07/31/2002 6:08 pm ET
Bonds homers, hurt again in loss
By Josh Rawitch / MLB.com
PHILADELPHIA -- Barry Bonds did exactly what the Giants wanted him to do and exactly what they didn't want him to do Wednesday night.
After missing 10 games with a strained right hamstring, Bonds had three hits including his 29th home run but aggravated the injury on an eighth-inning shoestring catch during the Giants' 8-6 loss at Veterans Stadium, casting doubt on when he might return again.
Bonds, who told reporters Tuesday that there was a chance he'd play in Thursday's series finale, revealed after the game that he knew all along he'd be playing Wednesday.
"So much for the ESPN reports," said Phillies manager Larry Bowa. "I figured when he took batting practice that there was a good chance."
With Bonds in the starting lineup, as well as All-Star catcher Benito Santiago, the Giants offense resembled its usual power supply. In the first inning, Jeff Kent hit a two-run homer and Bonds followed with a double down the right-field line, jogging easily into second base.
After a fourth-inning strikeout, Bonds hit a solo homer off Mike Timlin in the fifth inning, his 596th career blast and first ever off the right-hander, making him the 357th pitcher to give up a home run to baseball's fourth-most prolific slugger.
"There's a few names in his book," said Timlin, who earned the victory in his Phillies debut. "I was hoping to keep my name out of it, but that's all right."
Bonds said he was not surprised that he swung the bat well in his return and neither were his teammates.
"It's a joke," said Rich Aurilia, who flied out with the bases loaded in the ninth inning to end the game against Jose Mesa. "Every time he misses time and comes back, he does well. He's just a great player. It doesn't matter how long he's been out or what he's out for, he comes back and does his job and helps the team."
But Wednesday night was no joking matter for the Giants.
"We can't seem to catch a break," said head trainer Stan Conte. "He played the whole game, did fine on the field, did fine on the bases for eight innings and then there was that one fluke play at the end."
That play was the epitome of the Giants' dilemma. With Philadelphia leading by two runs in the eighth inning, Marlon Anderson hit a sinking line drive to left field that Bonds snared, but he immediately limped as he came to a stop. The team had hoped he could keep the injury at the forefront of his mind while he played, but that's a difficult task for a competitor such as Bonds.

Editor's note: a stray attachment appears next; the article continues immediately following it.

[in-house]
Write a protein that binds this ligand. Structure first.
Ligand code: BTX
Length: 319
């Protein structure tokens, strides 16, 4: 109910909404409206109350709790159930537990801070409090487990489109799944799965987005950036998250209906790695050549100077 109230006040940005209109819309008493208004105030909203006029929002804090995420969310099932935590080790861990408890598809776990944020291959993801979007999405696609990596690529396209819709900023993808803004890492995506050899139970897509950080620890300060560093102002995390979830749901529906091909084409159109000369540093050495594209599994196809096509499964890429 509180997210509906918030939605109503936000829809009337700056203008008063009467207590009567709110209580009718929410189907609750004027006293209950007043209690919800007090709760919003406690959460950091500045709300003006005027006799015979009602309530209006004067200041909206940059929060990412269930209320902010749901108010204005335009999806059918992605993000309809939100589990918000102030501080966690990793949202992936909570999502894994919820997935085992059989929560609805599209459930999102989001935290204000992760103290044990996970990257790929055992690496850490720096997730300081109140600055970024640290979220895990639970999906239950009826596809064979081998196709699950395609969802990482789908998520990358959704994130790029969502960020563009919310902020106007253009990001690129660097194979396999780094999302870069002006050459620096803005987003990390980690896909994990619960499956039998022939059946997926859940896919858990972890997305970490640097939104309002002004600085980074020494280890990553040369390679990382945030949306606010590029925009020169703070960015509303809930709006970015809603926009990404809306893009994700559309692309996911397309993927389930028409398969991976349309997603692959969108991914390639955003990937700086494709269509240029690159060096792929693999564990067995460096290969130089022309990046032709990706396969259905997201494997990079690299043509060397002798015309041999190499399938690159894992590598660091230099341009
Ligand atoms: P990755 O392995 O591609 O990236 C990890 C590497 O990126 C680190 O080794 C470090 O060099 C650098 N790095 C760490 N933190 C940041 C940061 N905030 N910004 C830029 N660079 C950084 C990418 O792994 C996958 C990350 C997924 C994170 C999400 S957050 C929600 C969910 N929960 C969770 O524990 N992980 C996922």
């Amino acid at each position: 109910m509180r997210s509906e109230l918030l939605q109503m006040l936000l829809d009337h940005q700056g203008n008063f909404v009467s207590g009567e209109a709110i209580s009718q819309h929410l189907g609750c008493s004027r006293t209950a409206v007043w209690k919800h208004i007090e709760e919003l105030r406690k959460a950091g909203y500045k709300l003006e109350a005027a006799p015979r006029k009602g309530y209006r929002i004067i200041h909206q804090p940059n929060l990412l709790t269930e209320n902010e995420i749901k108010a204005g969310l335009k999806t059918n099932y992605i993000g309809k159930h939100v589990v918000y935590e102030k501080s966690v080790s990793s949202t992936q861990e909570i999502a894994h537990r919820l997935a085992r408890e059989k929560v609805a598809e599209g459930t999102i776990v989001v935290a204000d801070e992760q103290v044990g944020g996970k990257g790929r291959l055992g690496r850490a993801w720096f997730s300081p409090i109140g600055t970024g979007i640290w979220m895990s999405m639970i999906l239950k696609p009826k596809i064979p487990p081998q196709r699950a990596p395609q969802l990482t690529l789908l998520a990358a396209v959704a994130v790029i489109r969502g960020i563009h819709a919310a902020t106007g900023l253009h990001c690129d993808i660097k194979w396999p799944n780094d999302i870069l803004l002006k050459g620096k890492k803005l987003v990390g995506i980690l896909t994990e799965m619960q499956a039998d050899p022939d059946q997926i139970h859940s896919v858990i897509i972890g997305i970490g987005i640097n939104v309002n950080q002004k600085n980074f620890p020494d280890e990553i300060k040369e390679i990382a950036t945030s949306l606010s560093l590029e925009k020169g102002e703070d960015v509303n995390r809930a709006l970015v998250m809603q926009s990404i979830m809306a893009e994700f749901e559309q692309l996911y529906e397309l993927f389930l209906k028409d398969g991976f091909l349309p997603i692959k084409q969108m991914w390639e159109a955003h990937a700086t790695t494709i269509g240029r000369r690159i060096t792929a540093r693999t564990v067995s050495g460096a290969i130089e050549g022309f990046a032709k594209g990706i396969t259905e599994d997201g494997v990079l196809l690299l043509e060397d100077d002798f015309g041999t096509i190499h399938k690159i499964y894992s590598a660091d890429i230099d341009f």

"It's not easy," he said. "The instincts of the game kick in. There are a lot of variables out there."
The pain on his face as he hobbled back to his position was as obvious as the frustration on manager Dusty Baker's following the loss.
"We were hoping to get through the night without a tough play in the outfield," he said, adding that Bonds was not scheduled to play Thursday even before the setback. "That's when you usually reinjure something, so I hope it's okay. Dang, boy that was a tough one right there."
Bonds said the pain was not as sharp as the kind he felt in Los Angeles on July 19, when the rubber warning track played a role in the original injury. But he does not think the artificial turf at Veterans Stadium -- which Aurilia lambasted after the game -- had much to do with the latest recurrence.
"It would have happened either way," said Bonds.
The left fielder will not play Thursday and his status for the three-game weekend series in Pittsburgh is also up in the air.
"It's hard to tell," said Conte, who does not plan to take an MRI. "We'll look at a risk and reward situation again with him, Dusty, [general manager] Brian [Sabean], and we'll talk to our doctors tomorrow."
Even with the injury, Bonds remained in the game and came to the plate against Mesa representing the go-ahead run with two out in the top of the ninth inning. Bowa headed to the mound and told his closer to walk Bonds on four pitches, putting him within three intentional walks of tying the single-season record of 45 set by Willie McCovey in 1969. As Bowa walked back to his dugout, he expressed his thoughts to Bonds.
"I just told him he's not going to beat us," said Bowa. "I didn't say it like that. He's a good guy in the dugout. When he's in the batter's box, he's not a good guy."
Mesa followed orders and then got Aurilia to fly out to end the game. For Mesa, it was his 29th save of the season, making a winner out of Timlin (2-3) and a loser out of Giants left-hander Troy Brohawn (0-1).
"We had the right guys up in the ninth and Mesa made some good pitches," said Baker. "Boy, I thought we were going to get that game. I thought we were on the road to victory."
The loss dropped San Francisco one game behind the Dodgers for the Wild Card spot and six games back of Arizona in the NL West, equaling the Giants' largest deficit of the season.
Josh Rawitch covers the Giants for MLB.com and can be reached at email@example.com. This story was not subject to the approval of Major League Baseball or its clubs.